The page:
Great, well done, government, you've had a week where people were whining about the BNP and the Royal Mail and where you were the good guys. But you're not, you've screwed up, so just get on with fixing things. Enough with the misdirection - it's not big and it's not clever.
innocent_lex: (Default)
Man swears he'd done nothing wrong at all. Man resigns to prove it.

Someone's logic is not like our Earth logic.
innocent_lex: (Don't piss me off)
Apparently there are a bunch of crooks in parliament. With all the lies surrounding around the Iraq war, that's not a big surprise to anyone, I'm sure. But expenses? For fuck's sake. MPs get paid a hell of a lot more than the majority of people who live in the UK, and their *one* job is to look out for the people who live in the UK. What the hell do they think they're playing at fiddling the expenses system? I wish I had the energy to be surprised.

What a bunch of utter arseholes.
innocent_lex: (happy)
Excellent stuff. Well done, you! Looks like there have been some fun parties, too.

However, I'm now going to watch DVDs for the next month because the news over here looks like it will be reporting nothing else but All-Obama-All-The-Time. *sigh*
innocent_lex: (Eh?)
BBC News have the full election thing going, with stupid animated maps and graphs, people nobody's ever heard of prattling on just to fill time, cameras in various places in the dark and cold talking to other people nobody's ever heard of, and a timeline for when votes are coming in. Yet I haven't had a polling card, nor notice of a local or general election. It's just... depressing, actually. I have no idea what the BBC and the rest of the UK media have been smoking, but I wish they'd stop.
innocent_lex: (Default)
1) There appear to be quite a lot of people out there saying that women are being feminist if they're voting for Palin. There is no sense of irony included in the statements I've seen.

2) There are still plenty of people calling the US president the 'the leader of the free world'. There is no sense of irony coming from the people saying this.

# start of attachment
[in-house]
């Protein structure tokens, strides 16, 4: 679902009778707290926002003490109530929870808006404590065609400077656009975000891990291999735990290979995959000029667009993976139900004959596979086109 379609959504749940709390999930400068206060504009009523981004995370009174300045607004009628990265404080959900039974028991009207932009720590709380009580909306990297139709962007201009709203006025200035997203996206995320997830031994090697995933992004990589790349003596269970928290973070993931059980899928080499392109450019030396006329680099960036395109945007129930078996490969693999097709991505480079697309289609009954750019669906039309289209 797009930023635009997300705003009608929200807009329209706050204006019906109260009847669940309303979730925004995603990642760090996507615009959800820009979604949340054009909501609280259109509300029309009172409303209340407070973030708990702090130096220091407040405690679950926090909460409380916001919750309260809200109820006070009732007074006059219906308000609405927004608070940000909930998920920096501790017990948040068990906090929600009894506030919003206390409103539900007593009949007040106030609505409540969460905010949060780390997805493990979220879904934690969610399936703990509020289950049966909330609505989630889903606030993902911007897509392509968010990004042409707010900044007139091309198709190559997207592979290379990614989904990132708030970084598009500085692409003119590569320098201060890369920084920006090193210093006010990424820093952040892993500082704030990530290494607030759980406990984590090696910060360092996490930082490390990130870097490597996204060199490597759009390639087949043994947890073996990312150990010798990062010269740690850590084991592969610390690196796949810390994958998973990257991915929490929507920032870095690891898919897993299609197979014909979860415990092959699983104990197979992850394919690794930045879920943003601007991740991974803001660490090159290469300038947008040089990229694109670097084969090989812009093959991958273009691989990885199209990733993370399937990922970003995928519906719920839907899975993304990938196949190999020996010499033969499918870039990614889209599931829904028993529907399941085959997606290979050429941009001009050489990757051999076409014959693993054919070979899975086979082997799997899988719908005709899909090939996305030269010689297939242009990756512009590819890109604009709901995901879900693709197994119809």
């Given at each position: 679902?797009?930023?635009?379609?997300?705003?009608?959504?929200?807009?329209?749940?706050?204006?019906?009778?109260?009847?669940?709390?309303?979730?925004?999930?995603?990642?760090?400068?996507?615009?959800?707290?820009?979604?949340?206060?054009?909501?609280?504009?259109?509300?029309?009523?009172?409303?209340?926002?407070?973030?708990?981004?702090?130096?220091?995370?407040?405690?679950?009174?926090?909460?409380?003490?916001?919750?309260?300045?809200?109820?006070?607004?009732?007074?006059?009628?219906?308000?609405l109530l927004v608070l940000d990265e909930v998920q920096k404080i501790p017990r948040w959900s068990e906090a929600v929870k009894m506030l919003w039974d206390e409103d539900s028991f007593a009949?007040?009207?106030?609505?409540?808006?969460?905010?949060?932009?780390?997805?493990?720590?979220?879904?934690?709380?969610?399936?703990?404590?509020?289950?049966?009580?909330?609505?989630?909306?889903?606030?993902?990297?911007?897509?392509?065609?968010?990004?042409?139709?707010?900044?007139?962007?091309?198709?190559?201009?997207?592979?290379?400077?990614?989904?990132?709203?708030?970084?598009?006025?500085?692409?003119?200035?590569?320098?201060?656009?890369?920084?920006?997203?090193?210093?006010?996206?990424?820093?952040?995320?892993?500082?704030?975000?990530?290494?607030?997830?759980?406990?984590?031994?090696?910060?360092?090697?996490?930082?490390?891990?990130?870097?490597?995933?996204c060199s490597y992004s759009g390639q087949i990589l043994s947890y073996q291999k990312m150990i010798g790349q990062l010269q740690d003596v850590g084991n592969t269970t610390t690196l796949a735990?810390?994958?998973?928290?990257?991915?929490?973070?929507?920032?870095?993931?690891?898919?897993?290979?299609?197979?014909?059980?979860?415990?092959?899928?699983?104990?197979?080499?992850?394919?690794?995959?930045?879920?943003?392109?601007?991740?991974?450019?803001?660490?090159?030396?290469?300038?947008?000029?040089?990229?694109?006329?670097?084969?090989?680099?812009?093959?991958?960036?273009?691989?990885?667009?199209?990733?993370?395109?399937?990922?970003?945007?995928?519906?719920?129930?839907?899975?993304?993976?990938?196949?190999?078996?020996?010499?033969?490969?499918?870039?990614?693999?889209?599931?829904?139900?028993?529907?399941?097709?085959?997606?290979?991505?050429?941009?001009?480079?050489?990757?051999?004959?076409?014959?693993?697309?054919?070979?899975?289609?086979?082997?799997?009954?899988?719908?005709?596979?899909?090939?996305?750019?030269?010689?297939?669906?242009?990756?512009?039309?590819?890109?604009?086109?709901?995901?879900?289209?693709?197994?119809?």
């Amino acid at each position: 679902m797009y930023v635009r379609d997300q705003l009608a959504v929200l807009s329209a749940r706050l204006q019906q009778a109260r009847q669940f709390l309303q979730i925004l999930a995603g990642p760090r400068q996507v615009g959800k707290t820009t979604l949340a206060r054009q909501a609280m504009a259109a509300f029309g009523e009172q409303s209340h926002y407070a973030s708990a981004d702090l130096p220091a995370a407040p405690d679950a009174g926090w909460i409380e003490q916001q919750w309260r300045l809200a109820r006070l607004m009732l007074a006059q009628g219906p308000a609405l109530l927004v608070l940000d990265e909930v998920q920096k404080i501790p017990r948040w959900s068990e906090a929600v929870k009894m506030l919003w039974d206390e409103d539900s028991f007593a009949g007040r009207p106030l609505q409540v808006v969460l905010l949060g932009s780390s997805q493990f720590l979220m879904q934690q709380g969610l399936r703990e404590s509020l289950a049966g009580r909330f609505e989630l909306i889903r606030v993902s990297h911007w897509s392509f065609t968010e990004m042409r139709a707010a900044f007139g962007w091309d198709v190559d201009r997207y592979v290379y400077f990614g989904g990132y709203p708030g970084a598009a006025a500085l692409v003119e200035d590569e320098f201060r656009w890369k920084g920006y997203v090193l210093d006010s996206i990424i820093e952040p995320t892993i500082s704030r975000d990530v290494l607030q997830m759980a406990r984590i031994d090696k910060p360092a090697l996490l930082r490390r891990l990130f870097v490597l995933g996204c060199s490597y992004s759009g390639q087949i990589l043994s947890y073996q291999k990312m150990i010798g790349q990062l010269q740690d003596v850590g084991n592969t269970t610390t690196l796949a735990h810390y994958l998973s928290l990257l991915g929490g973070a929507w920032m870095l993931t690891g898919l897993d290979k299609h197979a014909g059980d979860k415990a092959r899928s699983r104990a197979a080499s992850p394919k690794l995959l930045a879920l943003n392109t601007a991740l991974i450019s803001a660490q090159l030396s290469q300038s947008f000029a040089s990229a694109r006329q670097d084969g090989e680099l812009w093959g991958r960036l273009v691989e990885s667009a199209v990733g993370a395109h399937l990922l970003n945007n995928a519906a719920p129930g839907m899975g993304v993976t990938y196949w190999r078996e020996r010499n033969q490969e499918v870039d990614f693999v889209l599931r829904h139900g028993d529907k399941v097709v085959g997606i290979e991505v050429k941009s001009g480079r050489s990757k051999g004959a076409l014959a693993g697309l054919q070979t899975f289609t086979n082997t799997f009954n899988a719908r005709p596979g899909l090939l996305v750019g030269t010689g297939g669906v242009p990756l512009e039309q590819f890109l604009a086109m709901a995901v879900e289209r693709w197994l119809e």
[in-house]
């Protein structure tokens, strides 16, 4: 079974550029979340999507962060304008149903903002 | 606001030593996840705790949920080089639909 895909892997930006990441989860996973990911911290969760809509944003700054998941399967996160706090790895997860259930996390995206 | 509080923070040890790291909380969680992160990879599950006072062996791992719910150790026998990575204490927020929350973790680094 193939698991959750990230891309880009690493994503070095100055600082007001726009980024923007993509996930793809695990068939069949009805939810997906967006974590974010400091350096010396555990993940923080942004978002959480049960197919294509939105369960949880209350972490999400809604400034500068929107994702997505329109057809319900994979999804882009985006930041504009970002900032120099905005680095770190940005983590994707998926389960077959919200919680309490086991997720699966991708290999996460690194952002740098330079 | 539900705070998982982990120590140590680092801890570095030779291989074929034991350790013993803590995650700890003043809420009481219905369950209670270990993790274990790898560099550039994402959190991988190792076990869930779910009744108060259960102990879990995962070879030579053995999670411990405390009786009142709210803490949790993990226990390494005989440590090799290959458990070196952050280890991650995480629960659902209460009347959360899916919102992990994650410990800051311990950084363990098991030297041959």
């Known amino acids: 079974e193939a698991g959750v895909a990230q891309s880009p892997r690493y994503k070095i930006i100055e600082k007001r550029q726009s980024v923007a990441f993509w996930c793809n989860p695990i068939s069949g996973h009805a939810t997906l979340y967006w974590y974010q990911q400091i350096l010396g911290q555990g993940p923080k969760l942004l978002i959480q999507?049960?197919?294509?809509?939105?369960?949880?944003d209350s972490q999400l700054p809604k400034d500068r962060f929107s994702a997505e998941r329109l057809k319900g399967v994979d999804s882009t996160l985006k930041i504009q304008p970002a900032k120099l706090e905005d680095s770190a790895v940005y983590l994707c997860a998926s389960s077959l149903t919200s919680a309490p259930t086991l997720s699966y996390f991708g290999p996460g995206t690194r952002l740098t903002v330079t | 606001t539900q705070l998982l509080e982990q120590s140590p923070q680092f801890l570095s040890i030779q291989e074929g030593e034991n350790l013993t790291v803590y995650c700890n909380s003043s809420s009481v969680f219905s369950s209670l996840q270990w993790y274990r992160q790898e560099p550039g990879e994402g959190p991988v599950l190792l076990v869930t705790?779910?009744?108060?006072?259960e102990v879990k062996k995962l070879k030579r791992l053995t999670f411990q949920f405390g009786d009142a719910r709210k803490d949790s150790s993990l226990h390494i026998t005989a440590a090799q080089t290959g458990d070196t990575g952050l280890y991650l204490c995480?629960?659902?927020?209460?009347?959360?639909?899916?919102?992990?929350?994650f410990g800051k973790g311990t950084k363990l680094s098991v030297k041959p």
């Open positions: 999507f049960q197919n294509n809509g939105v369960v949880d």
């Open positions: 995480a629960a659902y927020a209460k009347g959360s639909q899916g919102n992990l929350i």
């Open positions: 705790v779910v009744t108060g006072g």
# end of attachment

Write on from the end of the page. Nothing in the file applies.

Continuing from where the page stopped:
Out of these two points, I'm not sure which baffles me more. I wonder if simple definitions of 'feminism', 'country', 'world', and 'free' will help these people, but I suspect not.
innocent_lex: (Is he serious?)
Our Home Secretary, Jacqui Smith, was interviewed this morning on Radio 4 about the proposed new ID cards. In response to a question about security of people's details, she said (with a level of confidence only present in the wholly ignorant) that the database couldn't be hacked as it wasn't going to be 'online' and that personal details would be secure. Oh dear.

Apparently this new ID card system will now be voluntary. That's good, because anyone who knows more about computer systems and security than Ms Smith (which is surely the whole country) won't want to be a part of it.
innocent_lex: (Default)
I'm trying to decide who I'm going to vote for in the US elections. Well, obviously there's the primaries first, and though I've missed my chance in the first two I'll definitely vote in the next set. Absolutely. Just... stilll not sure who to pick.


What do you mean I can't vote? There's nothing else on the news in the UK - I *must* be allowed to vote, or why the hell else would this be reported every bloody minute of the day?
innocent_lex: (not again)
So far government departments have lost data on all children under 18 and parents of those children, all learner drivers for several years, various tax records, health records and a whole load more records. The number of people in this country whose personal and financial data isn't out there in some criminal's database is fast approaching zero.

And this is the government which thinks it's a spiffing plan to put everyone's details on yet more utterly insecure government databases and this time charge us for the privilege of handing our data over to criminals. Fan-bloody-tastic.


innocent_lex: (Default)

April 2013

 1 23456


RSS Atom

Most Popular Tags

Style Credit

Expand Cut Tags

No cut tags
Page generated Sep. 23rd, 2017 06:12 pm
Powered by Dreamwidth Studios